At this point, the drop in the share price of Royal Bank might be overdone, even considering the economic headwinds. The company reported solid fiscal third-quarter (Q3) 2023 results, with adjusted net income coming in at $4 billion for the quarter. That’s pretty good for three months of operations. Adjusted return on equity (ROE) remains high at 15.1%, and Royal Bank has adequate capital on hand to cover its pending acquisition of HSBC Canada and remain above the regulatory requirements. In the latest quarter, Royal Bank set aside more cash to cover potential bad loans compared to the same period last year, but the overall loan book remains solid.

Royal Bank raised the dividend earlier this year. At the time of writing, the stock provides a 4.4% dividend yield.


Enbridge is also a TSX giant with a current market capitalization of nearly $96 billion. The stock trades close to $47.50 at the time of writing compared to $59 in June 2022. The drop is largely due to the broader pullback in the energy infrastructure sector. Enbridge and its peers have large capital programs with projects that take years to complete. They use debt as part of their funding strategy, so higher interest rates make borrowing more expensive. This puts pressure on profits and can impact the cash flow available for distributions.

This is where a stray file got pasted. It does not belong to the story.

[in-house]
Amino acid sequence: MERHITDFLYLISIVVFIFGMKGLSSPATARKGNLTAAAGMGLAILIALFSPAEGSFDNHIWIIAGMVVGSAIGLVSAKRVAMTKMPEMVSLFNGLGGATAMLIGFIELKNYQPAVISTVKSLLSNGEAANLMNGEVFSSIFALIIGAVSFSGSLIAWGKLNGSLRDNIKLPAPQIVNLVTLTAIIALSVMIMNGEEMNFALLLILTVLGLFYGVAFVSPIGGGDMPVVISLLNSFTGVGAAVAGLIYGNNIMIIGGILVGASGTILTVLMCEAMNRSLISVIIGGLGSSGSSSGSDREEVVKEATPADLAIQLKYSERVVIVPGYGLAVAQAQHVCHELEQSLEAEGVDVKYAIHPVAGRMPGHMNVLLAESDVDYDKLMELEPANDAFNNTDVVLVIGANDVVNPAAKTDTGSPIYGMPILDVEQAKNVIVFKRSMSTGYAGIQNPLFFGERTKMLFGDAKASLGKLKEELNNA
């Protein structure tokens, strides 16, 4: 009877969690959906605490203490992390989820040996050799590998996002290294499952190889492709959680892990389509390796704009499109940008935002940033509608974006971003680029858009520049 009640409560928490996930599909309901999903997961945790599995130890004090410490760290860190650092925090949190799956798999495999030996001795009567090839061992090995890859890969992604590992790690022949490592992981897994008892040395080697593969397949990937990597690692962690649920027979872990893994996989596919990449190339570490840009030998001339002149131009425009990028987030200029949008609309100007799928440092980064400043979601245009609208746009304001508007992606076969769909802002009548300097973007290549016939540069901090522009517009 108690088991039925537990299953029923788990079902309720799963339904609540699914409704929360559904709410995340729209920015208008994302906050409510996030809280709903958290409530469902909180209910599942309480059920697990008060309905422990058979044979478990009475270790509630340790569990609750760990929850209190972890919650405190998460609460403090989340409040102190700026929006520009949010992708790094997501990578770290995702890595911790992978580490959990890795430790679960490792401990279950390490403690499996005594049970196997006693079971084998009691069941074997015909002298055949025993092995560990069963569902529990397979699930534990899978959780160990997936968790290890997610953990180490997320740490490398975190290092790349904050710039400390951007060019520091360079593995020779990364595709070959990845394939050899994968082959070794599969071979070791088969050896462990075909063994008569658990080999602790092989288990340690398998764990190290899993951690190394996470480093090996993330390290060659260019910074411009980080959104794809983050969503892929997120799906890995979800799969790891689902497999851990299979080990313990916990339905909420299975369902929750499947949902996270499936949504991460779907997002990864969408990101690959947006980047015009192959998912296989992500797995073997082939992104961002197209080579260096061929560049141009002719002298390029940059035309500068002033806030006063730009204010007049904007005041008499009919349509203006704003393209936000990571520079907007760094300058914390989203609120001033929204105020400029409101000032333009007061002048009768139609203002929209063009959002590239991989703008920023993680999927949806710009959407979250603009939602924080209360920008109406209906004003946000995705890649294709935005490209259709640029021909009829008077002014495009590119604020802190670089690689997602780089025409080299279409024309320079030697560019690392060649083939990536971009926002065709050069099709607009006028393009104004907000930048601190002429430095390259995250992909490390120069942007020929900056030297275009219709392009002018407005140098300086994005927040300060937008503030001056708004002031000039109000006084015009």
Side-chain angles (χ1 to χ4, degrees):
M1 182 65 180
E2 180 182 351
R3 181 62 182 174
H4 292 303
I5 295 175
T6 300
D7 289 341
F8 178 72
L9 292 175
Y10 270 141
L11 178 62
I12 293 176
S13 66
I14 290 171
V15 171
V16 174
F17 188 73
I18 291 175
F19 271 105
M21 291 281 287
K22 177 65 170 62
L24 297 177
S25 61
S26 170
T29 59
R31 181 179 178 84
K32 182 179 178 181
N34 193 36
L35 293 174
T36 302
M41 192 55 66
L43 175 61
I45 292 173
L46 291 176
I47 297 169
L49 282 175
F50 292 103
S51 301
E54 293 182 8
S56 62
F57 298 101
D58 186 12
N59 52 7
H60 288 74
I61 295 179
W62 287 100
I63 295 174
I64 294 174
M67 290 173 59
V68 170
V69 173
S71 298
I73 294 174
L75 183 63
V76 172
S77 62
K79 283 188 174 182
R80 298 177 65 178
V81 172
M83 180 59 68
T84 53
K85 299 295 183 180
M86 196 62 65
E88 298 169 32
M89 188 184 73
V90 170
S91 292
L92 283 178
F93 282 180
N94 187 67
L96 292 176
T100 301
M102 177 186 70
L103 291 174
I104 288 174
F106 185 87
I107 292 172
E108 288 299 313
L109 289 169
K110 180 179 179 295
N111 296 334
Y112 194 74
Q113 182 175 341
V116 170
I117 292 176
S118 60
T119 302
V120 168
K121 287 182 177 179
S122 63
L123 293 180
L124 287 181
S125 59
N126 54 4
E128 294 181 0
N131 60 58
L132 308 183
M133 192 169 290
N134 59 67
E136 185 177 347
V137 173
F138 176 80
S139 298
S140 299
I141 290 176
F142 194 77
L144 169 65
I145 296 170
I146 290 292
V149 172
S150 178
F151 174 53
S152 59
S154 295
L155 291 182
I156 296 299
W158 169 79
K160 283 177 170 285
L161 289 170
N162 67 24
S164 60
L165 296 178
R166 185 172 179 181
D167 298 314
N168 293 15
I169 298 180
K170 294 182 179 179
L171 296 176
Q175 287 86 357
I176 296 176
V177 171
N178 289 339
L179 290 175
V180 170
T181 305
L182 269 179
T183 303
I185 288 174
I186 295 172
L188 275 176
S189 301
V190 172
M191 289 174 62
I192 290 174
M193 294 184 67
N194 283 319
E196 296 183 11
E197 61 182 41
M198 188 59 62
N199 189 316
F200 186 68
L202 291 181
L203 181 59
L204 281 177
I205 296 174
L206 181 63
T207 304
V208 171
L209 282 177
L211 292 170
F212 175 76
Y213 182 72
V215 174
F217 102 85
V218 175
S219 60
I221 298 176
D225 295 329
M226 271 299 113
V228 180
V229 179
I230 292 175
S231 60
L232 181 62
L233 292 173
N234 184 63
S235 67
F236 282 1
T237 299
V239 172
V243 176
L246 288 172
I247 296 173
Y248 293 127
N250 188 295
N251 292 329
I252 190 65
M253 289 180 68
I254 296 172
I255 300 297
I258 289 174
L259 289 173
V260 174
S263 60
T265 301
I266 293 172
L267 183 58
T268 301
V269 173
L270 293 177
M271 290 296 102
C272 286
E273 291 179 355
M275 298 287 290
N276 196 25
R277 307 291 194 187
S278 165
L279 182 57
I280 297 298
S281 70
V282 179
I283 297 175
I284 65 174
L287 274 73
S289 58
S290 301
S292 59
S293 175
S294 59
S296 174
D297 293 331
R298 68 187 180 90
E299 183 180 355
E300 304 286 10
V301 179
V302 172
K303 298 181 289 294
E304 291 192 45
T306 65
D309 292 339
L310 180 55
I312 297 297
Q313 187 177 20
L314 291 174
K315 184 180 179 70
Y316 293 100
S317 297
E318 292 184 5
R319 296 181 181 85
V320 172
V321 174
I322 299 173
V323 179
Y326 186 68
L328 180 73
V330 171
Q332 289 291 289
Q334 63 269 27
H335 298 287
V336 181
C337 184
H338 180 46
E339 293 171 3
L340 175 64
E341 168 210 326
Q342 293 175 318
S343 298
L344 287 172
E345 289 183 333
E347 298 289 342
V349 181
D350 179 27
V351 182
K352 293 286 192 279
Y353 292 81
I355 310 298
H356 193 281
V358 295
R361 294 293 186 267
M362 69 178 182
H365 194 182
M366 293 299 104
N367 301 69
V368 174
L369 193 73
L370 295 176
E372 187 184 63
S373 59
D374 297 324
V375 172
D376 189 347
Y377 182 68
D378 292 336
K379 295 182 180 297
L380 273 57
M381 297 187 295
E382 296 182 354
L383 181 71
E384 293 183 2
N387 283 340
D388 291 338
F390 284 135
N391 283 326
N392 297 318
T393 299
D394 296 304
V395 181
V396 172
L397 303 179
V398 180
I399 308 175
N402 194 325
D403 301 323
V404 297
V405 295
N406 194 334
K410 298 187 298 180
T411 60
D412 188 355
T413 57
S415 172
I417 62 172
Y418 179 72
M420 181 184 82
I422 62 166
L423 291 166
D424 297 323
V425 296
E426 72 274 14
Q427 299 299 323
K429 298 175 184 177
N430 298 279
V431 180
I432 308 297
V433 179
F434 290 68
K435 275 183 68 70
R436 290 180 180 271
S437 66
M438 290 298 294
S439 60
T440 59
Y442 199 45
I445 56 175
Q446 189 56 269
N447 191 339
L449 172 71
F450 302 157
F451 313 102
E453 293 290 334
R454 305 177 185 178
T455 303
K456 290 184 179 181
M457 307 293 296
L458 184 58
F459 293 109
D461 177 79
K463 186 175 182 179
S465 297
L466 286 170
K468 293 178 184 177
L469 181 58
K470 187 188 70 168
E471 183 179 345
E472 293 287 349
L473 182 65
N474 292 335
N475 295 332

Enbridge’s $17 billion capital program, along with potential tuck-in acquisitions, should drive steady revenue growth in the coming years. The company’s pipeline, export, utility, and renewable energy assets generate steady cash flow to support the dividend. Enbridge raised the distribution in each of the past 28 years. At the time of writing, investors can get a dividend yield of 7.5%.

Is one a better pick?

Royal Bank and Enbridge both deserve to be anchor stocks for buy-and-hold investors. For a TFSA targeting passive income, Enbridge is probably the best choice today. Royal Bank might be better for RRSP investors looking to generate higher long-term total returns.